Sob. I want "Southern Exposure", and "Boston Legal", and ... other well done shows ... back.


Rebecca left a comment on my earlier post on financial fussing, about buying a suit at Marshall's. It reminded me how much I miss the "old" Marshall's around here.

There was a Marshall's across the street from The Company's Kingston plant. They well knew who their potential customers were, and they stocked accordingly. The sister of one of our secretaries was a buyer for that Marshall's, and when a new shipment of women's suits came in, the secretary would alert all of us.

They had beautiful stuff, designer suits that would sell for hundreds of dollars elsewhere. We snapped them up for $30 to $50 dollars (this was the '80s and '90s). A shipment would be gone within two days.

(Incidentally, on the pricing of clothing, note that even at $40, nobody lost any money on those sales.)

Since The Company closed their Kingston plant, that Marshall's is gone. I miss it. There's still one across from the Poughkeepsie plant, but The Company dress code has deteriorated, so either they're not stocking for that market any more, or I'm hitting it on the wrong days. They've still got some extraordinary stuff, but you have to shop harder to find it.


Bits and Pieces I Found Here and There:

From a online dating profile: "Love is patient, love is kind. It does not envy, it does not boast, it is not proud. It is not rude, it is not self seeking, it is not easily angered, it keeps no record of wrongs. Love does not delight in evil but rejoices with the truth. It always protects, always trusts, always hopes, always perseveres. Love never fails."

I forget where I got this: "If the Islamists laid down their arms, there would be peace in the Middle East. If Israel laid down its arms, soon there would be no Jews, Christians, or any other 'infidels' left alive in the world."

Professor Hill, "The Music Man": "Oh, my dear little librarian, you pile up enough tomorrows, and you'll find you are left with nothing but a lot of empty yesterdays. I don't know about you, but I'd like to make today worth remembering."

867 Maritime Morrow

Tuesday, September 5, 2006 (late night)

I'll be working in the office at the Maritime Museum tomorrow. When the coordinator called and asked if I could come in, I said that if there's no rain, I have a lot of work to do outside. She said good, it's supposed to rain tomorrow. I said fine, then I can come in.

All the weather reports now say it will be nice tomorrow.

I'm annoyed.


There was a program on TV yesterday about a woman who has been in prison in California for 26 years, having been convicted of 2nd degree murder because she didn't stop her boyfriend from beating her baby daughter to death. He also regularly beat her. She has been approved for parole something like seven times, but every time, her parole is vetoed by the state governor.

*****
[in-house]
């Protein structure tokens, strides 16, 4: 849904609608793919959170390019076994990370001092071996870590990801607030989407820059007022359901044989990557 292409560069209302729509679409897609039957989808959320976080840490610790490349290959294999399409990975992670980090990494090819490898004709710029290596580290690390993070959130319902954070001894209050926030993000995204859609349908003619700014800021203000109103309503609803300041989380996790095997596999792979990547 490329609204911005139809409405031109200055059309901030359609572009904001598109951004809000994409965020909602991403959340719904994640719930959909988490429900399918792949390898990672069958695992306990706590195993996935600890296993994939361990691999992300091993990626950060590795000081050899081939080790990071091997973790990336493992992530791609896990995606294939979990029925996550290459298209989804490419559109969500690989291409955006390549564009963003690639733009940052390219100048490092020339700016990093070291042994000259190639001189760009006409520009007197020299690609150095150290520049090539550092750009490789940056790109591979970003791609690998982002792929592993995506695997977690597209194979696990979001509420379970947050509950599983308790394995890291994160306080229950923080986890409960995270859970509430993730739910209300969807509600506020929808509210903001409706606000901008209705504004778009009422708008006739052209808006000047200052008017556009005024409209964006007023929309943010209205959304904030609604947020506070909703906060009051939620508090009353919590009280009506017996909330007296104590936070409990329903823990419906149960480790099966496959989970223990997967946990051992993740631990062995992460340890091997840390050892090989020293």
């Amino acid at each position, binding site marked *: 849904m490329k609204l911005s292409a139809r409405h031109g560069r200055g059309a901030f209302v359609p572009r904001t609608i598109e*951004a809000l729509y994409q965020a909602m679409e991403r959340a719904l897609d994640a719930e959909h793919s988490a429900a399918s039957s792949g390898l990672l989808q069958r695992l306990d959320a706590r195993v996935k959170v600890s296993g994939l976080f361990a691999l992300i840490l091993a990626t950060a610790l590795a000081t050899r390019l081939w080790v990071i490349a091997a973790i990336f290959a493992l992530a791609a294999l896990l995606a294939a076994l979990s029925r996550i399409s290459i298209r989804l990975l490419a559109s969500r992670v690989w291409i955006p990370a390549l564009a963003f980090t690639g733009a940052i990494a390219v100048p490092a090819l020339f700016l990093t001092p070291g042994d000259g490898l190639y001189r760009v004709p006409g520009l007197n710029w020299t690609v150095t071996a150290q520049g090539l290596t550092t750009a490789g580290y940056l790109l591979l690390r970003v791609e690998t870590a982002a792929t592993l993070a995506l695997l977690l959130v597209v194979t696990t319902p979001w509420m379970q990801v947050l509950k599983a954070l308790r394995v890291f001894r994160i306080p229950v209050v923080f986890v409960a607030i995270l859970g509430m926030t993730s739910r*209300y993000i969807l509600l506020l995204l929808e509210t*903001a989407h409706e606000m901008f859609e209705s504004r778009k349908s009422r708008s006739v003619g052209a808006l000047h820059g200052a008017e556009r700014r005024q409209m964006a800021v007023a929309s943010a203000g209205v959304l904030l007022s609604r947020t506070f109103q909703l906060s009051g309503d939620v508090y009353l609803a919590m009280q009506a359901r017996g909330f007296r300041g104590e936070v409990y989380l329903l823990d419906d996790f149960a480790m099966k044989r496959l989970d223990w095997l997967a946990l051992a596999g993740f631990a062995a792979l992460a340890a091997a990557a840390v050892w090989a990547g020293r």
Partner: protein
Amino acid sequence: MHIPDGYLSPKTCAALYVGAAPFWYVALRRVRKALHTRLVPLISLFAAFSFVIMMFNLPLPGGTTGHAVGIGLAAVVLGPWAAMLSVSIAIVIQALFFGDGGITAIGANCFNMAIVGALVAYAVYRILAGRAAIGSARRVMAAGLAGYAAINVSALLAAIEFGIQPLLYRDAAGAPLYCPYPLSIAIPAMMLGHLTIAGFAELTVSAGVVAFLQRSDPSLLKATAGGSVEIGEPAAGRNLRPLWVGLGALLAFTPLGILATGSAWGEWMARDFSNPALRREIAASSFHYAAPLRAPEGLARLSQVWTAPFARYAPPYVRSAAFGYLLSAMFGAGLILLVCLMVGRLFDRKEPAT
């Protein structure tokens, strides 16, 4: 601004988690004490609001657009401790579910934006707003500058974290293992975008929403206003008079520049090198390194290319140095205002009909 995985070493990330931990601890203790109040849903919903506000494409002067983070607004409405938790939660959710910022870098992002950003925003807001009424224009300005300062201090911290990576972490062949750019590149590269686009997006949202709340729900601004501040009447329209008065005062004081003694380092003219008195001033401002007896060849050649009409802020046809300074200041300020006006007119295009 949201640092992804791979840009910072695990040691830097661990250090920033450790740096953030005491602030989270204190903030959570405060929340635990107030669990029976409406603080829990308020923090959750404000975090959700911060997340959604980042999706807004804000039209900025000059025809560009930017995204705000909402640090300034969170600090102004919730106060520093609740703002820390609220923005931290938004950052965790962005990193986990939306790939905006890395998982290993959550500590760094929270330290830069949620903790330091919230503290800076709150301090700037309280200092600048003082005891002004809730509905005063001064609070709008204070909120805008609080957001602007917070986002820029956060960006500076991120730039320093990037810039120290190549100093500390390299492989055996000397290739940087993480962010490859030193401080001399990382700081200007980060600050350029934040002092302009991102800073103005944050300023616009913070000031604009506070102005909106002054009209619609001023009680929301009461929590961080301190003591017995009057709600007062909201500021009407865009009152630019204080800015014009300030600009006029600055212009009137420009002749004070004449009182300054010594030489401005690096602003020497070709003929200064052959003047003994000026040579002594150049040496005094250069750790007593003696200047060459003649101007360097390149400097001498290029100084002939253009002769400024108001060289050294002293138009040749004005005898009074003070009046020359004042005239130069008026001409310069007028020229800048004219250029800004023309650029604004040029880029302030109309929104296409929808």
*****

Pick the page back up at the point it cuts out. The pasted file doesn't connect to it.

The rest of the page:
A complication is that the man wouldn't allow her to take the baby to the hospital until she promised she'd tell the authorities that she herself had beaten the baby. She was initially charged with 1st degree murder. I think part of the reason she was charged with 2nd was that the state was pissed at her for lying.

When this all happened with her, "spousal abuse" was not even a term. The general attitude was that a man had a God-given right to beat his women and children. I speak from experience. No one would help a battered woman or child. I don't see where she can be blamed for not calling the police, because I can testify that they would not have come. I've fought that battle in my own head as regards my mother, whether she was to blame, and I forgave her (for her inaction, but not yet for her inattention). My bigger problem with this case is that people say that prison is not for punishment or vengeance - that it is to protect society.

Bull poopy.

By keeping that woman in prison, who are they protecting? Does the governor really think she will go out and find another batterer, somehow acquire another baby, and then arrange things so that he will beat the baby? Duh? Protecting? Or punishing? Run that by me again?


I was looking at a mug shot today, and the subject looked a little walleyed. I thought "He must be looking very far away", and then realized that even with the farthest gaze, the pupils should still be centered. They get closer together when you focus on something close, and farther apart when you look far, but not outside center.